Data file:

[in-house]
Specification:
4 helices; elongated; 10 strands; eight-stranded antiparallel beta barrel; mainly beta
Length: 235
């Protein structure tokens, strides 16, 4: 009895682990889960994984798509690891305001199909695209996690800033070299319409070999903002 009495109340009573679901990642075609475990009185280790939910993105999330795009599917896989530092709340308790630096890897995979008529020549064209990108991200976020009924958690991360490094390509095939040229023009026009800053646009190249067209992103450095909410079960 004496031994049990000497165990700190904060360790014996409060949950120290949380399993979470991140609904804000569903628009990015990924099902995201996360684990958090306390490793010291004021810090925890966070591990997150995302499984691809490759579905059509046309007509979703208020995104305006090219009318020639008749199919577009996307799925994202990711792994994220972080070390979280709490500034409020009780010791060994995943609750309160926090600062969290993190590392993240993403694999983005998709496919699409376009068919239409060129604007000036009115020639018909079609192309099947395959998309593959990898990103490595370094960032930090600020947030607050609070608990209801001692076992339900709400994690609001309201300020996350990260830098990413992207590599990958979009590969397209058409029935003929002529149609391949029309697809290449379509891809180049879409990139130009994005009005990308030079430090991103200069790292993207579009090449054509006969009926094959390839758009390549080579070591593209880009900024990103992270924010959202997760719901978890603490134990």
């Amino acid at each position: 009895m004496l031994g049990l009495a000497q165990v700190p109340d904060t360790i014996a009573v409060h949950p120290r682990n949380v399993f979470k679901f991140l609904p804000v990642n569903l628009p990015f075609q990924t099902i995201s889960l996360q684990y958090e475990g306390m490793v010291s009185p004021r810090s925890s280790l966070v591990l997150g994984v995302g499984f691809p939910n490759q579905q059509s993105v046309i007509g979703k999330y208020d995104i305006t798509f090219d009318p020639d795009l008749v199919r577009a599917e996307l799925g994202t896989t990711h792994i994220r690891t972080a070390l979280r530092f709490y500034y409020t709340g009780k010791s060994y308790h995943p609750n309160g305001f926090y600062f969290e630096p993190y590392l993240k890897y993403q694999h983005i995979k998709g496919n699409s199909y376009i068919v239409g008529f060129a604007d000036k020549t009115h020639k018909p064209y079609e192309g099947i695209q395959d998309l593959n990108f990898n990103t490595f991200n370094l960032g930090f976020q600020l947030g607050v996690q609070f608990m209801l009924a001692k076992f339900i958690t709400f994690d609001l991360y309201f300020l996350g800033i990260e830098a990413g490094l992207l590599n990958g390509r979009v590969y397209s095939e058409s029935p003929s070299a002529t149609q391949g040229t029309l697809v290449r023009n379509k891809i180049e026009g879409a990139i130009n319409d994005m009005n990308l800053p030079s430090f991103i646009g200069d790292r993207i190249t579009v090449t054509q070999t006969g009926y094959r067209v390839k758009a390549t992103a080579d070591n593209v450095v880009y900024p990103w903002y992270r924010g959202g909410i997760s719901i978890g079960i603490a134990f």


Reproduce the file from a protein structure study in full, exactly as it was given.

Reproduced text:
[in-house]
Specification:
4 helices; elongated; 10 strands; eight-stranded antiparallel beta barrel; mainly beta
Length: 235
């Protein structure tokens, strides 16, 4: 009895682990889960994984798509690891305001199909695209996690800033070299319409070999903002 009495109340009573679901990642075609475990009185280790939910993105999330795009599917896989530092709340308790630096890897995979008529020549064209990108991200976020009924958690991360490094390509095939040229023009026009800053646009190249067209992103450095909410079960 004496031994049990000497165990700190904060360790014996409060949950120290949380399993979470991140609904804000569903628009990015990924099902995201996360684990958090306390490793010291004021810090925890966070591990997150995302499984691809490759579905059509046309007509979703208020995104305006090219009318020639008749199919577009996307799925994202990711792994994220972080070390979280709490500034409020009780010791060994995943609750309160926090600062969290993190590392993240993403694999983005998709496919699409376009068919239409060129604007000036009115020639018909079609192309099947395959998309593959990898990103490595370094960032930090600020947030607050609070608990209801001692076992339900709400994690609001309201300020996350990260830098990413992207590599990958979009590969397209058409029935003929002529149609391949029309697809290449379509891809180049879409990139130009994005009005990308030079430090991103200069790292993207579009090449054509006969009926094959390839758009390549080579070591593209880009900024990103992270924010959202997760719901978890603490134990």
């Amino acid at each position: 009895m004496l031994g049990l009495a000497q165990v700190p109340d904060t360790i014996a009573v409060h949950p120290r682990n949380v399993f979470k679901f991140l609904p804000v990642n569903l628009p990015f075609q990924t099902i995201s889960l996360q684990y958090e475990g306390m490793v010291s009185p004021r810090s925890s280790l966070v591990l997150g994984v995302g499984f691809p939910n490759q579905q059509s993105v046309i007509g979703k999330y208020d995104i305006t798509f090219d009318p020639d795009l008749v199919r577009a599917e996307l799925g994202t896989t990711h792994i994220r690891t972080a070390l979280r530092f709490y500034y409020t709340g009780k010791s060994y308790h995943p609750n309160g305001f926090y600062f969290e630096p993190y590392l993240k890897y993403q694999h983005i995979k998709g496919n699409s199909y376009i068919v239409g008529f060129a604007d000036k020549t009115h020639k018909p064209y079609e192309g099947i695209q395959d998309l593959n990108f990898n990103t490595f991200n370094l960032g930090f976020q600020l947030g607050v996690q609070f608990m209801l009924a001692k076992f339900i958690t709400f994690d609001l991360y309201f300020l996350g800033i990260e830098a990413g490094l992207l590599n990958g390509r979009v590969y397209s095939e058409s029935p003929s070299a002529t149609q391949g040229t029309l697809v290449r023009n379509k891809i180049e026009g879409a990139i130009n319409d994005m009005n990308l800053p030079s430090f991103i646009g200069d790292r993207i190249t579009v090449t054509q070999t006969g009926y094959r067209v390839k758009a390549t992103a080579d070591n593209v450095v880009y900024p990103w903002y992270r924010g959202g909410i997760s719901i978890g079960i603490a134990f």